The Hadassah-Brandeis Institute is proud to present Israeli artist Tamar Paley. In “A Fringe of Her Own,” Paley's collection of handmade Jewish ritual objects deconstructs and reinterprets the tallit, tzitzit, and tefillin, typically worn by men. Traditionally, the tzitzit or fringes hold special significance as a reminder of one’s spiritual obligations. In Paley’s collection of wearable objects, the fringes become a delicate sculptural form. The exhibition will be installed in the Kniznick Gallery at the Women’s Studies Research Center from March - June, 2018.

Recognizing the gap that exists between Jewish women and ritual objects and with a growing need to provide a feminine interpretation of patriarchal religious practice, Paley’s work offers a reshaping of traditional patriarchal forms from a female perspective using materials, text, and symbolism that acknowledge the physical and spiritual experiences of women in Judaism.


Jewish Radical Feminism: Voices from the Women's Liberation Movement

Thursday, May 10, 2018
12:30 PM - 2:00 PM
Liberman-Miller Lecture Hall
Joyce Antler

Joyce Antler, Samuel Lane Professor of American Jewish History and Culture Emerita, and Professor Emerita of Women's, Gender, and Sexuality Studies at Brandeis, uncovers the hidden history of Jewish women’s pioneering contributions to the women’s liberation movement, placing Jewish women’s activism at the center of feminist and Jewish narratives.

Cosponsored by the Women's Studies Research Center.

Lecture by National Jewish Book Award Winner Francine Klagsbrun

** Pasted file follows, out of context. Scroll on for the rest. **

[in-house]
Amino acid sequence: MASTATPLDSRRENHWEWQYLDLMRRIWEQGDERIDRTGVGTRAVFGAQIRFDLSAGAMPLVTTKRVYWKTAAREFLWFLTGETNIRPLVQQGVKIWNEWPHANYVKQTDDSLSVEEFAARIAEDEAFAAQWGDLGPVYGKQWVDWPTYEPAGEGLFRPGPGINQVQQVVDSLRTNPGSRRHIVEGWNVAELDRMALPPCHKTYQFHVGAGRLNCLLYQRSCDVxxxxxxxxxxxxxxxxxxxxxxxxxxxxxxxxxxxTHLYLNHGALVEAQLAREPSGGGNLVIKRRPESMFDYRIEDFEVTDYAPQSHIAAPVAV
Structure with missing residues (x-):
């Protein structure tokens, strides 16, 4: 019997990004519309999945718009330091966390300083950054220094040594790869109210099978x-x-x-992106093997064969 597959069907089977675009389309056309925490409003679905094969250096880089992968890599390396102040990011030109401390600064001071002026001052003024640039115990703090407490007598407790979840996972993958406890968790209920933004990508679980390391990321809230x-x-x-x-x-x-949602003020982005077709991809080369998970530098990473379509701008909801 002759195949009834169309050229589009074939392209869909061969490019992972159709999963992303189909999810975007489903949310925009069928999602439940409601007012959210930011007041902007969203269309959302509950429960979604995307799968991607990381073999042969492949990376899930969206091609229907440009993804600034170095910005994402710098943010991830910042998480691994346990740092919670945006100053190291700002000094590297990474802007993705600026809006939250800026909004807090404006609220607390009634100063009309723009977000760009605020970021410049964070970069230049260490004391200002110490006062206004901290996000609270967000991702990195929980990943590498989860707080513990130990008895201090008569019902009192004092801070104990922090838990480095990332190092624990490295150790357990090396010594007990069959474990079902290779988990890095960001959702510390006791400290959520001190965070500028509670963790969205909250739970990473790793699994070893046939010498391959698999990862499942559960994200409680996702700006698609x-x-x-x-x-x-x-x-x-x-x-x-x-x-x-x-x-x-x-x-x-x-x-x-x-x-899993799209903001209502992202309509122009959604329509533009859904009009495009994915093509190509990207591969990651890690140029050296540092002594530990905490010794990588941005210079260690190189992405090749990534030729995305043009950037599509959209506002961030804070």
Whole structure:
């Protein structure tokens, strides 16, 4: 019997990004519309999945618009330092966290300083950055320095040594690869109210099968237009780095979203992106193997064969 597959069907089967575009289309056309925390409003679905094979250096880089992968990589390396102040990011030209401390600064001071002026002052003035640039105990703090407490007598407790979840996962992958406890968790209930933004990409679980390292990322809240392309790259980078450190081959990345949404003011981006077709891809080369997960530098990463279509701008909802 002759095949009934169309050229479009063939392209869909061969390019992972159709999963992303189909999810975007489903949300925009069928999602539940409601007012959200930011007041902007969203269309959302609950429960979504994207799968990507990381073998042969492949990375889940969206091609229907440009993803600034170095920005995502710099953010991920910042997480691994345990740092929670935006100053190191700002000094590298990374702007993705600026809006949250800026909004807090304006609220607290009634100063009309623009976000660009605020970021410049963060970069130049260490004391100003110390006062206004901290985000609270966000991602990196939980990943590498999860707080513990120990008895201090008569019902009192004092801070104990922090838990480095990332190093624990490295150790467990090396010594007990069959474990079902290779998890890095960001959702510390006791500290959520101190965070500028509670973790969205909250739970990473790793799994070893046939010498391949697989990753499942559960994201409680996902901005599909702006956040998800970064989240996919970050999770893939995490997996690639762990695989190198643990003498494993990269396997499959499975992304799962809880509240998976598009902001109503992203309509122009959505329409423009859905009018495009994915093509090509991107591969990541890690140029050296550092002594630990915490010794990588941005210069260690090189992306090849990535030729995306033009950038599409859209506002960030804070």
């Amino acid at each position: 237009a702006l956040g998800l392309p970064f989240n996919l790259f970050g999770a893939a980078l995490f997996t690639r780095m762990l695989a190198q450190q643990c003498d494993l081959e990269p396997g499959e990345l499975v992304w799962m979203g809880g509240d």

Thursday, April 26, 2018

4:30 - 6:00 PM
Mandel Reading Room

Francine Klagsbrun

The Schusterman Center for Israel Studies and the Hadassah-Brandeis Institute host Francine Klagsbrun, author ofLioness: Golda Meir and the Nation of Israel, winner of the 2017 National Jewish Book Award/Everett Family Foundation Book of the Year.

Francine Klagsbrun is the author of more than a dozen books, including the award-winning Lioness, The Fourth Commandment: Remember the Sabbath Day and Married People: Staying Together in the Age of Divorce. Klagsbrun was also the editor of the best-selling Free to Be . . . You and Me and is a regular columnist for The Jewish Week, a contributing editor to Lilith, and on the editorial board of Hadassah Magazine. Her writing has also appeared in The New York Times, The Boston Globe, Newsweek, and Ms. Magazine. She lives in New York City.

Diane Markowicz Memorial Lecture: “Iran's Unfinished Revolution - What Began in 1979 Continues Today”

Lisa Fishbayn Joffe